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Poetry author's purpose and mood

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Understanding the authors purpose and mood

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Poetry author's purpose and mood

  1. 1. Understanding Author’s Purpose and Mood By Mrs. Paula McMullen Library Teacher Norwood Public Schools
  2. 2. 2 Author’s Purpose The poet has an “author’s purpose” when he writes a poem. The purpose can be to:  Share feelings (joy, sadness, anger, fear, loneliness)  Tell a story  Send a message (theme - something to think about)  Be humorous  Provide description* (e.g., person, object, concept) *Although description is important in all poems, the focus of some poems is the description itself rather than feelings, story-telling, message, or humor.
  3. 3. 3 Author’s Purpose: Share Feelings Underneath my belt My stomach was a stone. Sinking was the way I felt. And hollow. And alone. By Dorothy Aldis The author’s purpose is to share her feelings about being lost and scared. When I Was Lost
  4. 4. 4 Author’s Purpose: Tell Story Jimmy Jet By Shel Silverstein I'll tell you the story of Jimmy Jet – And you know what I tell you is true. He loved to watch his TV set Almost as much as you. He watched all day,he watched all night Till he grew pale and lean, From "The Early Show" to “The Late Late Show” And all the shows between. He watched till his eyes were frozen wide, And his bottom grew into his chair. And his chin turned into a tuning dial, And antennae grew out of his hair. And his brains turned into TV tubes, And his face to a TV screen. And two knobs saying “VERT.” and “HORIZ.” Grew where his ears had been. And he grew a plug that looked like a tail So we plugged in little Jim. And now instead of him watching TV We all sit around and watch him. The author’s purpose is to tell the story of a boy who watched too much television.
  5. 5. 5 Author’s Purpose: Send Message Pages and pages A seesaw of ideas – Share the adventure Fiction, nonfiction: Door to our past and future Swinging back and forth WHAM! The book slams shut, But we read it together With our minds open by Patricia and Frederick McKissack The author’s purpose is to send a serious message. The message, or theme, is that reading is an adventure that can be shared. Share the Adventure
  6. 6. 6 Author’s Purpose: Be Humorous I’m very grateful to my skin For keeping all my insides in – I do so hate to think about What I would look like inside-out. By Colin West The author’s purpose is to write a humorous poem about the purpose of skin. Insides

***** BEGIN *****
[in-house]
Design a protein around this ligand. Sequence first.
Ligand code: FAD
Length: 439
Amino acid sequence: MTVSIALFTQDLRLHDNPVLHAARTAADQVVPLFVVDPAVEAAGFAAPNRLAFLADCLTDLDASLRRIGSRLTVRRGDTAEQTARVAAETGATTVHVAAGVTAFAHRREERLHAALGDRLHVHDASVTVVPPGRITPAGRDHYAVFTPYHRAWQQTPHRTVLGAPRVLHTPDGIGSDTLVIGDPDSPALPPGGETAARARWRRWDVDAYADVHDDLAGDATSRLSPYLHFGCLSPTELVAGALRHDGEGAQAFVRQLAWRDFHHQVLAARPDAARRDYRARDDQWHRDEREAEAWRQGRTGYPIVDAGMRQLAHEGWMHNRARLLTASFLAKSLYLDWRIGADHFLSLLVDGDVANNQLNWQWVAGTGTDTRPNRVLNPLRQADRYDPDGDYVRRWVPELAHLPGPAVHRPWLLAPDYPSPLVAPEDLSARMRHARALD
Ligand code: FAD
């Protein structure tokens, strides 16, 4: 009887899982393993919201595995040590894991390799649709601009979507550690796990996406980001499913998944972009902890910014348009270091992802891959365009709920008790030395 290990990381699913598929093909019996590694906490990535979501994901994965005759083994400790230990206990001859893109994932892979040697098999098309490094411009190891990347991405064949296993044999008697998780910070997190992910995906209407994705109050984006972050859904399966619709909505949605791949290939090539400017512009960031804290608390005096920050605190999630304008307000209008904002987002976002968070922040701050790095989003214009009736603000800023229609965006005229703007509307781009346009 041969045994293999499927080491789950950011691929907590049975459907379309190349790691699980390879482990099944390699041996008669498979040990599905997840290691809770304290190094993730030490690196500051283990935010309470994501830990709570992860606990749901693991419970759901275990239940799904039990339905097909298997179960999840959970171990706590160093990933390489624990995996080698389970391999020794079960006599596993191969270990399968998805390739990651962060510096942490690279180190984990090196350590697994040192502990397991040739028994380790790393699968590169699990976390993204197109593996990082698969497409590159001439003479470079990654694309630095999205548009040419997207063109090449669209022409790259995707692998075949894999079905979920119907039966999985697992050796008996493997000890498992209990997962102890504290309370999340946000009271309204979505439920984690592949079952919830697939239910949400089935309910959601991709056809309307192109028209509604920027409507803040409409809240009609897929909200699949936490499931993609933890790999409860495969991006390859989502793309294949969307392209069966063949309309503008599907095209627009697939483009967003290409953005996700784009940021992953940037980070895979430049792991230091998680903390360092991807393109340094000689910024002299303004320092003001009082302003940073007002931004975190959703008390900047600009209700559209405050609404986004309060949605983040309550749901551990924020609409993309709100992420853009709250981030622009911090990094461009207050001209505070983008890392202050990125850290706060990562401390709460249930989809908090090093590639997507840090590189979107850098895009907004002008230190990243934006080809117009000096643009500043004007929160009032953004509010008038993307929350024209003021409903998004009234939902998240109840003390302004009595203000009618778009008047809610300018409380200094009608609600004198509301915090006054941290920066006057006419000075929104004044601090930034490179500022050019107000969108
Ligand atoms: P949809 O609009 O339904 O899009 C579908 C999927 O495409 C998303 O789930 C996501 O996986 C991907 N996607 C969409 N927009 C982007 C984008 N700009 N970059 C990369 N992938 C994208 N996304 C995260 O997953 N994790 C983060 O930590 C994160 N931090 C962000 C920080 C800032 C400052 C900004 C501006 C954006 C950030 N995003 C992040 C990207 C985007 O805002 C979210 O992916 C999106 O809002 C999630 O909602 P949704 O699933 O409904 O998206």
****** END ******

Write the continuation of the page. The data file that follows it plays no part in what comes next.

7. 7. 7 Author’s Purpose: Be Descriptive “My nose is blue, My teeth are green, My face is like a soup tureen. I look just like a lima bean. I’m very, very lovely. My feet are far too short And long. My hands are left and right And wrong. My voice is like the hippo’s song. I’m very, very, Very, very, Very, very Lovely?” Me by Karla Kuskin The author’s purpose is to describe a strange-looking person.
  8. 8. 8 Author’s Purpose: Be Descriptive Roars over carpet zig-zag-zips sucking up fuzz through metal lips. By Dee Lillegard The author’s purpose is to describe an object – a vacuum cleaner. Vacuum Cleaner
  9. 9. 9 Author’s Purpose: Be Descriptive Emerald, ruby, turquoise blue, Beatles come in every hue: Beetles that pinch or sting or bite, Tiger beetles that claw and fight, Beetles whose burnished armor gleams, Whirligig beetles that dance on streams, Antlered beetles in staglike poses, Beetles that smell – and not like roses, Others that click like castanets, That dig or swim or zoom like jets, Hard as coffee beans, brown as leather, Or shimmering bright as a peacock feather! By Ethel Jacobson The author’s purpose is to describe a variety of beetles. Beetles
  10. 10. 10 Author’s Purpose: Be Descriptive Sun And rain And wind And storms And thunder go together. There has to be a bit of each To make the weather. By Myra Cohn Livingston The author’s purpose is to describe a concept – weather. Understanding
  11. 11. 11 Mood  Mood is the atmosphere, or emotion, in the poem created by the poet.  Can be happy, angry, silly, sad, excited, fearful or thoughtful.  Poet uses words and images to create mood.  Author’s purpose helps determine mood.  (See slides 65-72 for examples.)
  12. 12. 12 Mood - Barefoot Days In the morning, very early, That’s the time I love to go Barefoot where the fern grows curly And grass is cool between each toe, On a summer morning-O! On a summer morning! That is when the birds go by Up the sunny slopes of air, And each rose has a butterfly Or a golden bee to wear; And I am glad in every toe – Such a summer morning-O! Such a summer morning! Barefoot Days by Rachel Field The mood in this poem is happy. What clues in the poem can you use to determine the mood?